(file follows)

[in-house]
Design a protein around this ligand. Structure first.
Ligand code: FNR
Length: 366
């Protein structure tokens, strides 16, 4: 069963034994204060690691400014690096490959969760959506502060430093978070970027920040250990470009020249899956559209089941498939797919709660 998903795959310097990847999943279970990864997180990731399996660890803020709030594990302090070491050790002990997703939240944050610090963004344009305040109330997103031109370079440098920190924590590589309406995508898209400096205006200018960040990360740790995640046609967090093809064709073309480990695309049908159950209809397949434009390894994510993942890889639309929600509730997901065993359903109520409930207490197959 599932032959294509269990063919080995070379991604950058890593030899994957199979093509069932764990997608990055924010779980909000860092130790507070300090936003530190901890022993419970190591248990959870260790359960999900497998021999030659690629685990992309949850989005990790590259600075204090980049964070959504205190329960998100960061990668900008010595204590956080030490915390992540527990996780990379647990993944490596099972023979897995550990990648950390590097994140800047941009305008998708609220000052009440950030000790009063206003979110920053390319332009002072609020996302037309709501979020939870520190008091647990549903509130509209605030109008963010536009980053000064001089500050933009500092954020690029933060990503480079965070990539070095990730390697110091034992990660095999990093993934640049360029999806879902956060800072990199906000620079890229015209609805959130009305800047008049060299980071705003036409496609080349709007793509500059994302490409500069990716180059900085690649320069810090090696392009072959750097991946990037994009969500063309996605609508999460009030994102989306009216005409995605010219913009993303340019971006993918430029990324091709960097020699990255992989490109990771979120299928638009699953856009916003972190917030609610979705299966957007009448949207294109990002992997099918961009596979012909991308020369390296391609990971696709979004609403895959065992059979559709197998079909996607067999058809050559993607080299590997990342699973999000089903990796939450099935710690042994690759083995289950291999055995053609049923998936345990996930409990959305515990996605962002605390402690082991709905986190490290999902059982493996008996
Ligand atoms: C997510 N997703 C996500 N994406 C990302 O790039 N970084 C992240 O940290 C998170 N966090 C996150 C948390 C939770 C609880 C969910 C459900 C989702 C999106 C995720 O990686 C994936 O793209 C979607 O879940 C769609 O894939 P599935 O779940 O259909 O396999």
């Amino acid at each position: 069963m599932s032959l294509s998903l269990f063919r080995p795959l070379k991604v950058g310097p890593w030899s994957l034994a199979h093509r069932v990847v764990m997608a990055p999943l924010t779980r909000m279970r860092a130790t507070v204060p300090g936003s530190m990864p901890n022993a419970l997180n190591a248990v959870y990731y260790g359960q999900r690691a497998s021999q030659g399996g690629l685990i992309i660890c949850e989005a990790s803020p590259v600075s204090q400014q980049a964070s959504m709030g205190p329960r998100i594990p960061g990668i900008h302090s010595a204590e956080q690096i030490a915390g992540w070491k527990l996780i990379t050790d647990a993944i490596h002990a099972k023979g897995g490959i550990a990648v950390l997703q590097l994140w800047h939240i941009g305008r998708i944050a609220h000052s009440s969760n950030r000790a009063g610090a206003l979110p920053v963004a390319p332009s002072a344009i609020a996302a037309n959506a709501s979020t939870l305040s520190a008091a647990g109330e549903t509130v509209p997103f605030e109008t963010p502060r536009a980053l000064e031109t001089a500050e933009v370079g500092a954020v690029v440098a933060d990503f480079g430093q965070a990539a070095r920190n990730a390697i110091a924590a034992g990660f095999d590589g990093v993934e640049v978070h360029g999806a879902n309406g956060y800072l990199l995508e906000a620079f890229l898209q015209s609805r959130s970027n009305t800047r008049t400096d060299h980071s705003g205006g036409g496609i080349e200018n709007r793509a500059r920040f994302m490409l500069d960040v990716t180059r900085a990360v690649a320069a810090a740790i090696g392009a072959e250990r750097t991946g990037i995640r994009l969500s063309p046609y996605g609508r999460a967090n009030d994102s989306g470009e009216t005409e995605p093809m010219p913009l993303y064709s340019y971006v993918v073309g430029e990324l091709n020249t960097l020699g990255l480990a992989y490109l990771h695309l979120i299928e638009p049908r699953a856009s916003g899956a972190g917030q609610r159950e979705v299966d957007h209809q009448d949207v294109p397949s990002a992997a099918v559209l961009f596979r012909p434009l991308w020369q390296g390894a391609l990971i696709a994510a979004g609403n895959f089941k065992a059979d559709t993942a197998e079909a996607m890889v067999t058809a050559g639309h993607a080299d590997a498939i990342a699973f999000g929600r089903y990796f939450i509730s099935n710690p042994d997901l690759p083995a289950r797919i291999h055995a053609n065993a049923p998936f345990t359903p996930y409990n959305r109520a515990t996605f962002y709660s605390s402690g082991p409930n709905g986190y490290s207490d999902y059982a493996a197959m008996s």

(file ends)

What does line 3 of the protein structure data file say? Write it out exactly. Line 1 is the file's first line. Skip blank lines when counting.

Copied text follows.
Ligand code: FNR